Princess Seraphina

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Princess Seraphina was the alias for butcher John Cooper of Number 11, Eagle-court, the Strand, who was a popular London cross-dresser. Cooper’s friends referred him as ‘her’ or ‘her royal highness’. He was described as indistinguishable from a woman, often wearing a white gown and scarlet cloak, fluttering a fan and would curtsey.

In 1732 Princess Seraphina brought a case at the Old Bailey against Thomas Gordon, an unemployed servant, for stealing his clothes and jewelry at knife point in Chelsea Fields, a popular gay cruising ground. Cooper’s clothes were described as fine masculine apparel. The thief then changed into Cooper’s clothes, saying, if he brought a case against him he would accuse him of sodomy and paying for his services.

In court, Princess Seraphina was described as being lady-like at all times, there was a risk that she could be tried for a capital crime. Princess Seraphina called her ‘ladies in waiting’ to be witnesses, who were both dramatic, humorous and well liked.

Such characters were called ‘Molls’ and visited Molly Houses or Vauxhall Gardens where it was the rage for the men to dress as women and vice versa.

People were often preyed upon for their clothes which were often their most valuable possessions.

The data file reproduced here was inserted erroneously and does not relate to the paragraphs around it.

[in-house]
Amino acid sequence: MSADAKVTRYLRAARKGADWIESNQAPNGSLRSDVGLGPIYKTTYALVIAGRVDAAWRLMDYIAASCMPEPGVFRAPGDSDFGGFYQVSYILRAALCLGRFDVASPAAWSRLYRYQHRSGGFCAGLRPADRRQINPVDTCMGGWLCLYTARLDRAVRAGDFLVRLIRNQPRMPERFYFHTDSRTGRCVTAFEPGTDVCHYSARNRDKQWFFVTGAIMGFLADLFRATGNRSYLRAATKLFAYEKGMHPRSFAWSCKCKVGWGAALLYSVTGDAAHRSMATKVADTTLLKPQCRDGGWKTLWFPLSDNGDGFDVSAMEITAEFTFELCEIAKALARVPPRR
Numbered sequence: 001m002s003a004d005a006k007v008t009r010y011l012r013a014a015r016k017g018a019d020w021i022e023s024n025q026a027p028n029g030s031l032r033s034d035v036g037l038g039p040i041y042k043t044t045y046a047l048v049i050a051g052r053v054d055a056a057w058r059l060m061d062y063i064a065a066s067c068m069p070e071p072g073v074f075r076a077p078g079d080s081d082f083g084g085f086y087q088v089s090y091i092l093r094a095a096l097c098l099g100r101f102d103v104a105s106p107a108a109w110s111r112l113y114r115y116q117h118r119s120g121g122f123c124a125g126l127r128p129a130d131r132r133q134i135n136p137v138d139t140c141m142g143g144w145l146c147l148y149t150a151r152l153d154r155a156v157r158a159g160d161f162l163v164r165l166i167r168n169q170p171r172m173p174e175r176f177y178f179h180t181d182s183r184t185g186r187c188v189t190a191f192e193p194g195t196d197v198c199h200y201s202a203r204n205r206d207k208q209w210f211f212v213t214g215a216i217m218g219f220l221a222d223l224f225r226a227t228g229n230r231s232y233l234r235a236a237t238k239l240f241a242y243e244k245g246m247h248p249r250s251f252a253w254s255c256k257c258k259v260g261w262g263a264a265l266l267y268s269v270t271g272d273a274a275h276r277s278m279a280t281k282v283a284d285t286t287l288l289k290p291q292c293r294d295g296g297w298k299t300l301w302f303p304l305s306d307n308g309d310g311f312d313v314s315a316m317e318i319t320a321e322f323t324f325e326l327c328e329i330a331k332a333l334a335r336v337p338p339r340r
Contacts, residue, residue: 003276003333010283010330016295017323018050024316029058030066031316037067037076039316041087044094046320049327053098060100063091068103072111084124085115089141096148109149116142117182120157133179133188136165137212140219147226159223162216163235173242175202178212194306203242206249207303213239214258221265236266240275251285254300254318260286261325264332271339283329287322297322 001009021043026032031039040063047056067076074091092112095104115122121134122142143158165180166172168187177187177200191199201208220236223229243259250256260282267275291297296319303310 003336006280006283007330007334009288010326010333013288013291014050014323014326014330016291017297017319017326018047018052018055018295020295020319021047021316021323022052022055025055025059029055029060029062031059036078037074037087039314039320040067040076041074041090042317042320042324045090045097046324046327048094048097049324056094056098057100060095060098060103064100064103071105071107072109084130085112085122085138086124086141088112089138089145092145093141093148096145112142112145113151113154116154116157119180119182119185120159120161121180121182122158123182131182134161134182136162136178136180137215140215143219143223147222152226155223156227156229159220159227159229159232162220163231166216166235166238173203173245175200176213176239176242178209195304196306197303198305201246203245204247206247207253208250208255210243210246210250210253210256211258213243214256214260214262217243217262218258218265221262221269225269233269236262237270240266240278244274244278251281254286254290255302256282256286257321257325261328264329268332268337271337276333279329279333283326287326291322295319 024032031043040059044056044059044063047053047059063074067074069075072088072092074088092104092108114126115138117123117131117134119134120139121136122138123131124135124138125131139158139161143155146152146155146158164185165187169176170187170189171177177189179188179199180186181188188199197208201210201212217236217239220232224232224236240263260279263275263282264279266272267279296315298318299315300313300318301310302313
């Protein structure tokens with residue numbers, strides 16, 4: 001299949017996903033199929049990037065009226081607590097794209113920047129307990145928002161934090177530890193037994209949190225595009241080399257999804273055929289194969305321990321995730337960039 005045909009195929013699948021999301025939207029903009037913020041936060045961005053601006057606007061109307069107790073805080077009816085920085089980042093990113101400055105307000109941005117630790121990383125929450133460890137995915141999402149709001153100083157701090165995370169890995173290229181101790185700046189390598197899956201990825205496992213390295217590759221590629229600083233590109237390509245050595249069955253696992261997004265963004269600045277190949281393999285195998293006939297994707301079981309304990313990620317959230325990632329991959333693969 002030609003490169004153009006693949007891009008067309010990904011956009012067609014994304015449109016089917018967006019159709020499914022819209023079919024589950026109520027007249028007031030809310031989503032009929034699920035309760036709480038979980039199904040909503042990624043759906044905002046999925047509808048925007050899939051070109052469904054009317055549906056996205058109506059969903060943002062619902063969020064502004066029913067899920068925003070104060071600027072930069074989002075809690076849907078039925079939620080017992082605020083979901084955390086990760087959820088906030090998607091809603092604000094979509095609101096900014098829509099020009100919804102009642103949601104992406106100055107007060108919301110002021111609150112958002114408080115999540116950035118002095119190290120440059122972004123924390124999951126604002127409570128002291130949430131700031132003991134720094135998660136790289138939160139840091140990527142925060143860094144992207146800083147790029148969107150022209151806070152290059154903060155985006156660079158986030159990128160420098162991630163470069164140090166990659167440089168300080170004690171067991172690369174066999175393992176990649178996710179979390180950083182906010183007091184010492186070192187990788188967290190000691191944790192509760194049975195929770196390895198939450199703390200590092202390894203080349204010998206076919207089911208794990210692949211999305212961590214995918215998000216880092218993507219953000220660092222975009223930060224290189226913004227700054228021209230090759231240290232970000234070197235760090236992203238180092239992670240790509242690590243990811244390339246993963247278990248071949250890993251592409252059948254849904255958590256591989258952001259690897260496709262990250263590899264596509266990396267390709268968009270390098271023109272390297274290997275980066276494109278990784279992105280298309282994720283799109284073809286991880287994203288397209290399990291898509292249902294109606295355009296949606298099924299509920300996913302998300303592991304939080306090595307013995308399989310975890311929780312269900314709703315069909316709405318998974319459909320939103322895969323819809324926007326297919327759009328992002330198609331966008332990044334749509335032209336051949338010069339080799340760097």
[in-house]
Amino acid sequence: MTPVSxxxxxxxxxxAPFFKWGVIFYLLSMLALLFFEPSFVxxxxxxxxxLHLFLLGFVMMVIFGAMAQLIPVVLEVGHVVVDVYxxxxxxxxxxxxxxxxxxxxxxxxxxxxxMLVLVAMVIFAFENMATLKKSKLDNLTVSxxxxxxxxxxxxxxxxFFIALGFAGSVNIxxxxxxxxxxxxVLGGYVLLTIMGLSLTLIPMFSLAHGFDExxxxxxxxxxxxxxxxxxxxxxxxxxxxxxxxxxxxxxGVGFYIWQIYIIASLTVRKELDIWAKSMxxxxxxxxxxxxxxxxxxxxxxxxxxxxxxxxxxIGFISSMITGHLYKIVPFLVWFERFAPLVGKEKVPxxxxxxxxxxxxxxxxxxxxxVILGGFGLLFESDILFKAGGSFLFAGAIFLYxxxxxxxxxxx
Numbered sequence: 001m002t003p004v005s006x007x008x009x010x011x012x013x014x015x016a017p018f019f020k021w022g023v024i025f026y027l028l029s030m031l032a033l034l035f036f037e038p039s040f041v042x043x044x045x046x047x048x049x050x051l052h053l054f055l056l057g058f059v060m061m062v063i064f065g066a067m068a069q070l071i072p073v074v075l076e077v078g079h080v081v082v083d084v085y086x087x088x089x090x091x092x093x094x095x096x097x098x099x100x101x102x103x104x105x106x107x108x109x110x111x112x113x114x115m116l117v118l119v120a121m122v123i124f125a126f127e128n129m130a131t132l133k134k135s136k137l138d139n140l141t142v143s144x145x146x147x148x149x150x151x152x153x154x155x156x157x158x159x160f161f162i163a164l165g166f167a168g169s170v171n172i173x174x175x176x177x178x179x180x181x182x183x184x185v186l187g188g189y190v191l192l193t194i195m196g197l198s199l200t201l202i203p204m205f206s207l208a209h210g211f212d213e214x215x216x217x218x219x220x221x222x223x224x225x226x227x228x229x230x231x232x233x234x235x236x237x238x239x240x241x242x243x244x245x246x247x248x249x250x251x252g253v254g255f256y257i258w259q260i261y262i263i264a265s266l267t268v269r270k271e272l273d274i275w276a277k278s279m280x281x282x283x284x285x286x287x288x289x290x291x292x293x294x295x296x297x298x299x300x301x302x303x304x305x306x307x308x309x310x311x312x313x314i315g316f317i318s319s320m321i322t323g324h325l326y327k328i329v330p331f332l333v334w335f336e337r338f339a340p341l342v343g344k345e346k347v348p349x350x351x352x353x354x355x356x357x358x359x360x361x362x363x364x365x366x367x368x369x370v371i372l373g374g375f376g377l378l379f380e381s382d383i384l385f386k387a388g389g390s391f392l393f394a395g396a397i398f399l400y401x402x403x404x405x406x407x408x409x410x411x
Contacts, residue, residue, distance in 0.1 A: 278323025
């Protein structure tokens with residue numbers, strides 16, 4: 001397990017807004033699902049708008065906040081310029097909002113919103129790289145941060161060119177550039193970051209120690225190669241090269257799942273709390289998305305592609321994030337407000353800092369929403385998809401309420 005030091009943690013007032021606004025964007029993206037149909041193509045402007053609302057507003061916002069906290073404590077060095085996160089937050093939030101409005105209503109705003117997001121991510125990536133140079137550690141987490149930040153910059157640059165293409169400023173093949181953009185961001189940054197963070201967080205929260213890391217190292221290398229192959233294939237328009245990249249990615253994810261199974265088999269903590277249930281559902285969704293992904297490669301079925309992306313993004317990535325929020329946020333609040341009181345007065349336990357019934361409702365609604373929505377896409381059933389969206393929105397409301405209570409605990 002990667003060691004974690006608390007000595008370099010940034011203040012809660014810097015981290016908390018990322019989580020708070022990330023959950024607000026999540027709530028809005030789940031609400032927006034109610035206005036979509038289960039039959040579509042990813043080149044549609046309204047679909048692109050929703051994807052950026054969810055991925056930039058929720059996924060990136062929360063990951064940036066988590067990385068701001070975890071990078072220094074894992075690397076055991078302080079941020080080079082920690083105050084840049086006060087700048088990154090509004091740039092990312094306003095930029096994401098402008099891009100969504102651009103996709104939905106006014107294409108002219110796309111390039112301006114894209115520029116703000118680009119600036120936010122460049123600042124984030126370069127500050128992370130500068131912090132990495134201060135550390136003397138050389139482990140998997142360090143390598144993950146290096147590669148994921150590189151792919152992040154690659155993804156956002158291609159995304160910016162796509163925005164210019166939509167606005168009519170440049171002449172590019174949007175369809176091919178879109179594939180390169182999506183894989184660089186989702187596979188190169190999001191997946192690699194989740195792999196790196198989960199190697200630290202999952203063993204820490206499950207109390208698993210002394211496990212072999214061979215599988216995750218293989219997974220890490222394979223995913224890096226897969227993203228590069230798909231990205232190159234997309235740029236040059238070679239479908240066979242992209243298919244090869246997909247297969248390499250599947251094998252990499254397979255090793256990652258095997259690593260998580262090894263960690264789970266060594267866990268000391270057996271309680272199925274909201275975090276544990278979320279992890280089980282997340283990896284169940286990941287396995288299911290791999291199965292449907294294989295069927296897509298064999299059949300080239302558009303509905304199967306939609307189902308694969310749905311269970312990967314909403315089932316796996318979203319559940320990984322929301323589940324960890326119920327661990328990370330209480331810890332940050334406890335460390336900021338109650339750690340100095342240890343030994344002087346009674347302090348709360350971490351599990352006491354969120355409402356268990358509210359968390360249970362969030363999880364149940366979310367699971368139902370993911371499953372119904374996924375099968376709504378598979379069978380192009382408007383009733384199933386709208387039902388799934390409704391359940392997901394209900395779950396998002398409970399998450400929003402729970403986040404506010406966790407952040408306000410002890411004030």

37. Thomas Gordon , was indicted for assaulting John Cooper Field in Chelsea Parish, putting him in Fear, and taking from him a Coat, a Waistcoat, a pair of Breeches, a pair of Shoes, a pair of Silver Shoe-buckles, a Shirt, a Stock, a Silver Stock-buckle, and 4 1/2 d. in Money, May 30.[1]

Princess Seraphina was a fixer for the richer members of Gay London when they desired an assignation: when they fancied a drummer boy, or a market labourer.

Mary Poplet was the landlady of the Two Sugar-loaves in Drury Lane and a neighbour to Princess Seraphina and his official employers, the Tulls, gave this account of his character:

I have known her Highness a pretty while, she us'd to come to my House from Mr. Tull, to enquire after some Gentlemen of no very good Character; I have seen her several times in Women's Cloaths, she commonly us'd to wear a white Gown, and a scarlet Cloak, with her Hair frizzled and curl'd all round her Forehead; and then she would so flutter her Fan, and make such fine Curt'sies, that you would not have known her from a Woman: She takes great Delight in Balls and Masquerades, and always chuses to appear at them in a Female Dress, that she may have the Satisfation of dancing with fine Gentlemen. Her Highness lives with Mr. Tull in Eagle-Court in the Strand, and calls him her Master, because she was Nurse to him and his Wife when they were both in a Salivation (salivation was a mercurial cure for syphilis); but the Princess is rather Mr. Tull's Friend, than his domestick Servant. I never heard that she had any other Name than the Princess Seraphina.

Princess Seraphina did not win her case and was not prosecuted for sodomy, little was heard of her after this event.

References

  1. http://www.oldbaileyonline.org/browse.jsp?id=t17320705-30&div=t17320705-30&terms=Princess%7CSeraphina#highlight

External links

http://rictornorton.co.uk/eighteen/seraphin.htm
http://www.georgianlondon.com/a-mollys-map-of-georgian-london